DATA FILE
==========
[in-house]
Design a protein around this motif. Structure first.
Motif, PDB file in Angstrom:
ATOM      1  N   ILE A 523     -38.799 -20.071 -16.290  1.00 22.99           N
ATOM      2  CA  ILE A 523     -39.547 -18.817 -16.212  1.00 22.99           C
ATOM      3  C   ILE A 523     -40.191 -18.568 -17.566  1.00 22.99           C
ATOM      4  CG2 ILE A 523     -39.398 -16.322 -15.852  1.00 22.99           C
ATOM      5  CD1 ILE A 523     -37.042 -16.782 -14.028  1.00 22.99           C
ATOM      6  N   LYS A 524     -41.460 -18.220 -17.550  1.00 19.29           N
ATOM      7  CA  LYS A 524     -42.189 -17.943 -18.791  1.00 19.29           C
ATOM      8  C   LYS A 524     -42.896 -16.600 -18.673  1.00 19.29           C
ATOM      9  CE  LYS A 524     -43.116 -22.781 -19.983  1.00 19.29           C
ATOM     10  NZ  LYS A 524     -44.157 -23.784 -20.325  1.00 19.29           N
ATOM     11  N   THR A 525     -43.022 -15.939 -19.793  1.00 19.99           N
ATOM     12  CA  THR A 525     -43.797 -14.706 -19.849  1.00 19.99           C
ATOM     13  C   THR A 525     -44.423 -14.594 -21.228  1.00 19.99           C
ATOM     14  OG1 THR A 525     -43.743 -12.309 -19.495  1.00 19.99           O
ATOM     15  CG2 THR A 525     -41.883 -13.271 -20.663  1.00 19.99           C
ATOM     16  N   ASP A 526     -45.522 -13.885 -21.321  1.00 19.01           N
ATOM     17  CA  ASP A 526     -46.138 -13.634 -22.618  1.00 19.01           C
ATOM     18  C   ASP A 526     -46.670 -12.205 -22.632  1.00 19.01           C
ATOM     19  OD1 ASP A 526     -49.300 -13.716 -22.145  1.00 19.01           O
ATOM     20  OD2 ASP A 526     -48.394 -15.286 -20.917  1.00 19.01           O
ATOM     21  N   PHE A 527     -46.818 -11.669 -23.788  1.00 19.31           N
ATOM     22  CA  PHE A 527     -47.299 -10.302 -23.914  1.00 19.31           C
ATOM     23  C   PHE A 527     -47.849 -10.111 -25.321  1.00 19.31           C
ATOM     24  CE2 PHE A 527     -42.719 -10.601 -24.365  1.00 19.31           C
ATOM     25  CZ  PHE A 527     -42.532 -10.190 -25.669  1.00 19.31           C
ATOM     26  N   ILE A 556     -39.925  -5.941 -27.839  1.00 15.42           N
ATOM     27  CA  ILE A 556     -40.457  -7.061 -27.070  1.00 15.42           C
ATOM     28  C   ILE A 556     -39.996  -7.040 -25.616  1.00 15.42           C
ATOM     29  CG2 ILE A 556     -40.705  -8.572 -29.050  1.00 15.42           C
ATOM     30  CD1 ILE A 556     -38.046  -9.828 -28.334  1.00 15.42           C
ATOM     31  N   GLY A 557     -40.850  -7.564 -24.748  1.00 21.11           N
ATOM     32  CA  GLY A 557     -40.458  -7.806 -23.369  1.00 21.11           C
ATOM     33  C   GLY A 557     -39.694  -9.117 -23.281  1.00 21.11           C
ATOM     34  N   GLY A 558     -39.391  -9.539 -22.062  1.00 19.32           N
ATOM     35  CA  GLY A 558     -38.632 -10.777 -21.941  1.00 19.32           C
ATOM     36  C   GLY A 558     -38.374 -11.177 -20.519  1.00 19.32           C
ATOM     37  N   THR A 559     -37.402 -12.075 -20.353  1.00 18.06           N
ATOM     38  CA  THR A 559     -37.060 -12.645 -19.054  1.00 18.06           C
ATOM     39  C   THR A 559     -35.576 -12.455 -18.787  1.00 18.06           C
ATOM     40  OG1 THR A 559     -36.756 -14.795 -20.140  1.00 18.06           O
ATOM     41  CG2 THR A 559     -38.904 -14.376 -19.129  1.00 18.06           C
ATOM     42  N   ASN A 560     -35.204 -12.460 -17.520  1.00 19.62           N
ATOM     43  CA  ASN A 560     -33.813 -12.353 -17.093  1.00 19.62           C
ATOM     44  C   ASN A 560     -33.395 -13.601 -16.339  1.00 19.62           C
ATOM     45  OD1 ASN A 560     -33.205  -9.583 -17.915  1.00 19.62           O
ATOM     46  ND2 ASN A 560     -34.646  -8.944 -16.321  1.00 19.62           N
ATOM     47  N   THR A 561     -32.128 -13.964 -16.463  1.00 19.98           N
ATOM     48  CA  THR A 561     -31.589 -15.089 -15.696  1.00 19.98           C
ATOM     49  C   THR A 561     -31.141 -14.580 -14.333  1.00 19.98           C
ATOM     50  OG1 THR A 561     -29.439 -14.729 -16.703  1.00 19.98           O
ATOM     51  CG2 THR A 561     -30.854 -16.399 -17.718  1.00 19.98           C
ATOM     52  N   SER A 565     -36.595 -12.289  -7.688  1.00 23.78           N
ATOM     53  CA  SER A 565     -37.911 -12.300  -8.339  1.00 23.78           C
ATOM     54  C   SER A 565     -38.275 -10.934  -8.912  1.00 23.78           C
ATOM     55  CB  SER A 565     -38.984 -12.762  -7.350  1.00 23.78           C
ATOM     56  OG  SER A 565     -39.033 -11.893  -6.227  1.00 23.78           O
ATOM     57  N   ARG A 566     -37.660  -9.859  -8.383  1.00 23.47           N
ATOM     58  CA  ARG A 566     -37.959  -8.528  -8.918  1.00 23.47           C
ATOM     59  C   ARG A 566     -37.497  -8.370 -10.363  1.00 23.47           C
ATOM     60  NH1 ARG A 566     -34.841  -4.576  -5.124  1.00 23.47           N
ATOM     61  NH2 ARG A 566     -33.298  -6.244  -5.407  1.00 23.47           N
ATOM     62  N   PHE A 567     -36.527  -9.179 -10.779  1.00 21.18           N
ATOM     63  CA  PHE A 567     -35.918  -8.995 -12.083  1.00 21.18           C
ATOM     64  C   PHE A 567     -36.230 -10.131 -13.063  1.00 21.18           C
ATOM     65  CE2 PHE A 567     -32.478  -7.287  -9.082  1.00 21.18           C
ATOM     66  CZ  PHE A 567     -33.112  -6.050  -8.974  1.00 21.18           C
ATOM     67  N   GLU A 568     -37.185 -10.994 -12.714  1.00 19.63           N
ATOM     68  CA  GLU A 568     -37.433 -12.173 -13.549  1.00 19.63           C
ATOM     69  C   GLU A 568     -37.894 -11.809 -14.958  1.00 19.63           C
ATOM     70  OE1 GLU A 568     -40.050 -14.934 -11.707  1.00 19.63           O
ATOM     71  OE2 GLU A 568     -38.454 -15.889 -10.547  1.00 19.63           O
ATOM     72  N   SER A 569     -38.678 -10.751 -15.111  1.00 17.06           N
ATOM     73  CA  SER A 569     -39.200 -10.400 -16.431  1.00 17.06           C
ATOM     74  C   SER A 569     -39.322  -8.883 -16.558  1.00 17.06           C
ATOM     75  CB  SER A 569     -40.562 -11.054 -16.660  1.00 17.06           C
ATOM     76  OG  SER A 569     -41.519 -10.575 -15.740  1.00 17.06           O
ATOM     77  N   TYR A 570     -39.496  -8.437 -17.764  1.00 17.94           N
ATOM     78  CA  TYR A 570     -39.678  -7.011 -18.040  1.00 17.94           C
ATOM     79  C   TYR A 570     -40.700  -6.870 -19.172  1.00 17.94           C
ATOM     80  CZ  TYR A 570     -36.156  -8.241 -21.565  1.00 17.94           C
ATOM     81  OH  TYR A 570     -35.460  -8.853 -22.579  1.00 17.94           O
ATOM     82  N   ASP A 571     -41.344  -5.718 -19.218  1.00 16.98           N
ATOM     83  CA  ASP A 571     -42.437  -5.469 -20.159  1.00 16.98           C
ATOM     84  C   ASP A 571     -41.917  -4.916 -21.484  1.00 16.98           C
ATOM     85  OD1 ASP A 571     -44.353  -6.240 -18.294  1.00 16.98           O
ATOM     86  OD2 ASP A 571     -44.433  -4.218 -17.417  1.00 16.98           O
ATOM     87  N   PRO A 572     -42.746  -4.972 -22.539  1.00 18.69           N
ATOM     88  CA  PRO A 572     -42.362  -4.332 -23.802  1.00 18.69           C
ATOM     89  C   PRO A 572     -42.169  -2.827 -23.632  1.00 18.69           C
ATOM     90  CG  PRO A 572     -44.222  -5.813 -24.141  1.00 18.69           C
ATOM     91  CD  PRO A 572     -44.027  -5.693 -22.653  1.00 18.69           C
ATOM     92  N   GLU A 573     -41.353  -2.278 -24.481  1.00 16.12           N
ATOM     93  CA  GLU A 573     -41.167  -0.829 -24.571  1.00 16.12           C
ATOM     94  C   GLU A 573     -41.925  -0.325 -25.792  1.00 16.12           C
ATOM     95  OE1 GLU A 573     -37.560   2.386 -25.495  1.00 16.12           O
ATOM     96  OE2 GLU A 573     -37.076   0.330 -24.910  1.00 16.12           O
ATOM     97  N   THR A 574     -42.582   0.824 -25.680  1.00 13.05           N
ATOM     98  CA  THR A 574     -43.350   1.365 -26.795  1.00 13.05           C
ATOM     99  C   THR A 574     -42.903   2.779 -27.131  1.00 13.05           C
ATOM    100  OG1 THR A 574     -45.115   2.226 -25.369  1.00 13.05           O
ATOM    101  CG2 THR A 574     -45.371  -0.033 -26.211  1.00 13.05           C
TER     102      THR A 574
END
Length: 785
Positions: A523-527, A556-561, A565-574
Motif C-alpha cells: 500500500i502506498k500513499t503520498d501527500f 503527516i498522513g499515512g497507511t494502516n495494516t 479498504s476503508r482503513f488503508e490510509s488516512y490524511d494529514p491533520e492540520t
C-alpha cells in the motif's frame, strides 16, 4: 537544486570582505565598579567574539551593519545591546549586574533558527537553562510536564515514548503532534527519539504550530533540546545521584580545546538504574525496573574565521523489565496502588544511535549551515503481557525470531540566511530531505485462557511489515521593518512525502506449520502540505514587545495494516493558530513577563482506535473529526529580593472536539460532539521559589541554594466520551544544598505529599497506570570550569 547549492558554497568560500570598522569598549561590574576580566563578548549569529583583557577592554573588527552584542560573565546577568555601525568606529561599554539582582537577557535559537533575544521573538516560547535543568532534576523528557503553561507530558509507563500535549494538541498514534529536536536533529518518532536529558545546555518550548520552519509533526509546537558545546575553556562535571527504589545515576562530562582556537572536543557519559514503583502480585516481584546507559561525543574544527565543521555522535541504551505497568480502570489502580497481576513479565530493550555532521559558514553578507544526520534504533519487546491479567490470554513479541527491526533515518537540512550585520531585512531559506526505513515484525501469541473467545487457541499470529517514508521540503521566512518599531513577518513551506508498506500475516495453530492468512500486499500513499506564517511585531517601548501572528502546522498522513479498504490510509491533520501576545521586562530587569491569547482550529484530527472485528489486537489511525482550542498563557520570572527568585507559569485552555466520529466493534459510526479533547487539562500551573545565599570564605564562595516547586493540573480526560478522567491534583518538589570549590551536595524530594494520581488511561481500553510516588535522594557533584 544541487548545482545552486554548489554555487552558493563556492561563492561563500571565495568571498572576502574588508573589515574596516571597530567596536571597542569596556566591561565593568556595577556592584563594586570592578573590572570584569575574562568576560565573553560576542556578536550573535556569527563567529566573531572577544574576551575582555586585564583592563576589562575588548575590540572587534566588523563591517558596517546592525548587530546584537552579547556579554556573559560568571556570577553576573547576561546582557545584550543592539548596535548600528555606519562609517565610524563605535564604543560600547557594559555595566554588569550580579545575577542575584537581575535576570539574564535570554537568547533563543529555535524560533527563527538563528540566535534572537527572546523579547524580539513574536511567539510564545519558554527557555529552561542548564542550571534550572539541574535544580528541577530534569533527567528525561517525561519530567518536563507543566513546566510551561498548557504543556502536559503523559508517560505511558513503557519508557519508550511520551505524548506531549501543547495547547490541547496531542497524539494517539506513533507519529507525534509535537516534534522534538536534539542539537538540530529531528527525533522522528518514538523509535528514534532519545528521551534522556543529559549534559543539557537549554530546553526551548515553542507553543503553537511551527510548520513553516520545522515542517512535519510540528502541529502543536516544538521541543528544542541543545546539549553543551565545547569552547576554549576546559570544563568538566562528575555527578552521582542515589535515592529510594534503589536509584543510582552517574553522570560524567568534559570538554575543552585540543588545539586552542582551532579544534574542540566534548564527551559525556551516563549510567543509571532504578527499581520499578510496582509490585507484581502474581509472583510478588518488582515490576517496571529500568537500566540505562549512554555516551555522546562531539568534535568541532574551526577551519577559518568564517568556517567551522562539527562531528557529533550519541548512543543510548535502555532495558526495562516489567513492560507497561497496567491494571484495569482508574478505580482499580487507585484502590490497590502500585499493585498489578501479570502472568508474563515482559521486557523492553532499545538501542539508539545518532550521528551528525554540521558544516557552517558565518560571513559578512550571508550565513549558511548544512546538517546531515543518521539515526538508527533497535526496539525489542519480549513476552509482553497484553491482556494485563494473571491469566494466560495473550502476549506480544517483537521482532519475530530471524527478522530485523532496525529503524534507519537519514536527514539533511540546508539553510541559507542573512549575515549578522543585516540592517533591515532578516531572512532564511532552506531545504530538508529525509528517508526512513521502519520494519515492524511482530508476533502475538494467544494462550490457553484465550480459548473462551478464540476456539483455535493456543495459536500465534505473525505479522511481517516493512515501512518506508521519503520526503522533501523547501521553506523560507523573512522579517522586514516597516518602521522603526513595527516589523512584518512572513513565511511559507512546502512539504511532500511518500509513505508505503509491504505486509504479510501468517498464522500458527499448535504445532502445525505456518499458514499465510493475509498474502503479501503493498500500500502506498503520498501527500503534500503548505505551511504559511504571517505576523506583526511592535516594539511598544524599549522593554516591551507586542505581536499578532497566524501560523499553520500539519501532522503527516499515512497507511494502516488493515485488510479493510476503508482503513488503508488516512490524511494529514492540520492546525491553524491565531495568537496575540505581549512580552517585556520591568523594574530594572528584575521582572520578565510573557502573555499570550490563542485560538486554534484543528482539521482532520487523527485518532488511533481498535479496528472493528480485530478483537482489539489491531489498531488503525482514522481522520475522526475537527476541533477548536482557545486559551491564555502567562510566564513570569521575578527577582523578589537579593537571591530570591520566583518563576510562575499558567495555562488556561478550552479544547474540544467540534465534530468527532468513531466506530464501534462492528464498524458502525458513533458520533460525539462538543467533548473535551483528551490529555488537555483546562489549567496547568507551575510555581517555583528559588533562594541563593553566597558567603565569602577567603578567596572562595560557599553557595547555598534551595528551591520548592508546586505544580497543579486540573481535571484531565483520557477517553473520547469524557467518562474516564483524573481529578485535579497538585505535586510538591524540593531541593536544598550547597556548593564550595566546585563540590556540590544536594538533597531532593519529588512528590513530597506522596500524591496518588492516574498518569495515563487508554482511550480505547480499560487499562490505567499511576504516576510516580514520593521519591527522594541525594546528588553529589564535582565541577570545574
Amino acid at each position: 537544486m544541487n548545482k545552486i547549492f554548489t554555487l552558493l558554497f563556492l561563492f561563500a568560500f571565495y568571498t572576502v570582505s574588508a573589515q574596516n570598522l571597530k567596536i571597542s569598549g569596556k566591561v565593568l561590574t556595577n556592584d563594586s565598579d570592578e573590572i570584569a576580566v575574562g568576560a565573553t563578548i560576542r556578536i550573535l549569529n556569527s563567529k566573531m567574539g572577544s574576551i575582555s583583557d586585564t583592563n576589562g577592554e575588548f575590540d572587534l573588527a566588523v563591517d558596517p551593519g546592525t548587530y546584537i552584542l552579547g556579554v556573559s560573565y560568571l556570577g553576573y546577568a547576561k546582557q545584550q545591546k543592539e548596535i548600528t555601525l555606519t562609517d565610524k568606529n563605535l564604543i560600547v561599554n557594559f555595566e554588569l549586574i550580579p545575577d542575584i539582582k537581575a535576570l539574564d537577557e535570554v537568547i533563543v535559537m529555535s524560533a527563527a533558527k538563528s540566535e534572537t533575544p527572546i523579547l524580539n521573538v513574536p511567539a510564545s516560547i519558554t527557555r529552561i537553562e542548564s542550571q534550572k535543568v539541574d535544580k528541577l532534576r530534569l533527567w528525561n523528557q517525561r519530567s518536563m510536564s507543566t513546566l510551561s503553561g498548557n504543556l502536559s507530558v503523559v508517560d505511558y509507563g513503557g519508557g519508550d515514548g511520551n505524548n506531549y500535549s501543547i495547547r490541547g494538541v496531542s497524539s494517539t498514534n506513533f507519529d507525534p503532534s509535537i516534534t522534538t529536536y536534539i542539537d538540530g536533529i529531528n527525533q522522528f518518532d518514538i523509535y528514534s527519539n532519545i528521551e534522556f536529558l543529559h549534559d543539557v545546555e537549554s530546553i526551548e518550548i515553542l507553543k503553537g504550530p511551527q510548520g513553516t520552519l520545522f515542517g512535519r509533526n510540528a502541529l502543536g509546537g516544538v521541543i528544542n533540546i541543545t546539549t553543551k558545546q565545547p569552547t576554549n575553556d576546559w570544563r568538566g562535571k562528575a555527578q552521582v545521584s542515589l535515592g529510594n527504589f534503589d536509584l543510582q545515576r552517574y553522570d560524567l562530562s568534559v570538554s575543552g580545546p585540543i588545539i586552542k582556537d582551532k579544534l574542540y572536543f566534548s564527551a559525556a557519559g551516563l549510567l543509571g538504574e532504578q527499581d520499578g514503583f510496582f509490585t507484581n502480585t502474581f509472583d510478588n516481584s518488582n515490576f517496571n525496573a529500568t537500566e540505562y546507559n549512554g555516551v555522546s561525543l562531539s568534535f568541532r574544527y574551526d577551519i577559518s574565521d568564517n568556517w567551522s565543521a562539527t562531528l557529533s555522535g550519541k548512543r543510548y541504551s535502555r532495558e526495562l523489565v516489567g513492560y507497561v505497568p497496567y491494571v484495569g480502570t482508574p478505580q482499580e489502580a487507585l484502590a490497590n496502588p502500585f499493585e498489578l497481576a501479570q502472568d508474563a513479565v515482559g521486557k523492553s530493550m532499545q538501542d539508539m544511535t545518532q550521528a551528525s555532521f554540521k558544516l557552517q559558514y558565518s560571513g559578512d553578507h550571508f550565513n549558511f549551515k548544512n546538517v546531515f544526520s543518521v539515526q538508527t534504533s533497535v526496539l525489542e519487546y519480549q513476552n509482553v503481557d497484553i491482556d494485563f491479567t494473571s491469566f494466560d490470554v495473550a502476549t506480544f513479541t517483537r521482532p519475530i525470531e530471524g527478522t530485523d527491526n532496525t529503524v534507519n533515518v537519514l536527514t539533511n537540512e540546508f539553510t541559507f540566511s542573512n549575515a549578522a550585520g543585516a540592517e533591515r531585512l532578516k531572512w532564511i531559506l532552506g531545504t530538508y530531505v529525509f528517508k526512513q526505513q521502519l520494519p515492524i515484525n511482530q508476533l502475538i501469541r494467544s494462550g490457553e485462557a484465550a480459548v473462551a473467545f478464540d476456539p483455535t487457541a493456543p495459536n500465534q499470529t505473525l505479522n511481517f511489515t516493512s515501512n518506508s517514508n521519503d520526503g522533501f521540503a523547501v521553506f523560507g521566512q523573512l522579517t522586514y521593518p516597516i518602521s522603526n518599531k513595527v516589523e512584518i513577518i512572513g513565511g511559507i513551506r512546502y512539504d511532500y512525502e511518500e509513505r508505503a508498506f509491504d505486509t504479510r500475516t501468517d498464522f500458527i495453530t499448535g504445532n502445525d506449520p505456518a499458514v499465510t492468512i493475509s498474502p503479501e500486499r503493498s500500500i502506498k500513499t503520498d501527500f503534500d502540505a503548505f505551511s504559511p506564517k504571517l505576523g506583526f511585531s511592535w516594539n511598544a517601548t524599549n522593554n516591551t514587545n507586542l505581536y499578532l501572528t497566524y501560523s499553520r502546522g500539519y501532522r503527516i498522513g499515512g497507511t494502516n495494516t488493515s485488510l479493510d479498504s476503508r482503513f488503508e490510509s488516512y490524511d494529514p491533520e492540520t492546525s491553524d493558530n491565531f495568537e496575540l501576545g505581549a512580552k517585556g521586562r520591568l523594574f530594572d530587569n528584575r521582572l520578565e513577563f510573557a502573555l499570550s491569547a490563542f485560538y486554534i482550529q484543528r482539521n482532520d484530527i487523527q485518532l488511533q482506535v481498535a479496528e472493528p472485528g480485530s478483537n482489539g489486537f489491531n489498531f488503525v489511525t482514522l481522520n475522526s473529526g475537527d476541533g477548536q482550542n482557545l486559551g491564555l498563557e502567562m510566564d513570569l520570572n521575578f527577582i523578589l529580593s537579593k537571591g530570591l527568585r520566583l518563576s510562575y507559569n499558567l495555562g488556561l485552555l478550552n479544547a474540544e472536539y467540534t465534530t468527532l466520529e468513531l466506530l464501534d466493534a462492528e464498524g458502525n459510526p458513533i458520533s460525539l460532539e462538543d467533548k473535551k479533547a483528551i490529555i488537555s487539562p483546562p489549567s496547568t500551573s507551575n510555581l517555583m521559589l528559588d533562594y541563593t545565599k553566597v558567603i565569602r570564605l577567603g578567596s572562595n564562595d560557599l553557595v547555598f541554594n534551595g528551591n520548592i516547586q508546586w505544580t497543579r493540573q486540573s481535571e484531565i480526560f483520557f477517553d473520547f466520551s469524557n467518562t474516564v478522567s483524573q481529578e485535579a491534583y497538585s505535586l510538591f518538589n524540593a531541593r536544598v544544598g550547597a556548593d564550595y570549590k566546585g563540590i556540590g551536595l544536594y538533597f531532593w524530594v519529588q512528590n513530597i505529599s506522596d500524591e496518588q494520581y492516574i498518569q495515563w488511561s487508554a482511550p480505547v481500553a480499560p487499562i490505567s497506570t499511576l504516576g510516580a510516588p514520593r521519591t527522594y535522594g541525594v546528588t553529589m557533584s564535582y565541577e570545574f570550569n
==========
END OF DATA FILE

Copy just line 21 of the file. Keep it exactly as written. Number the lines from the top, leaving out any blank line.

ATOM     18  C   ASP A 526     -46.670 -12.205 -22.632  1.00 19.01           C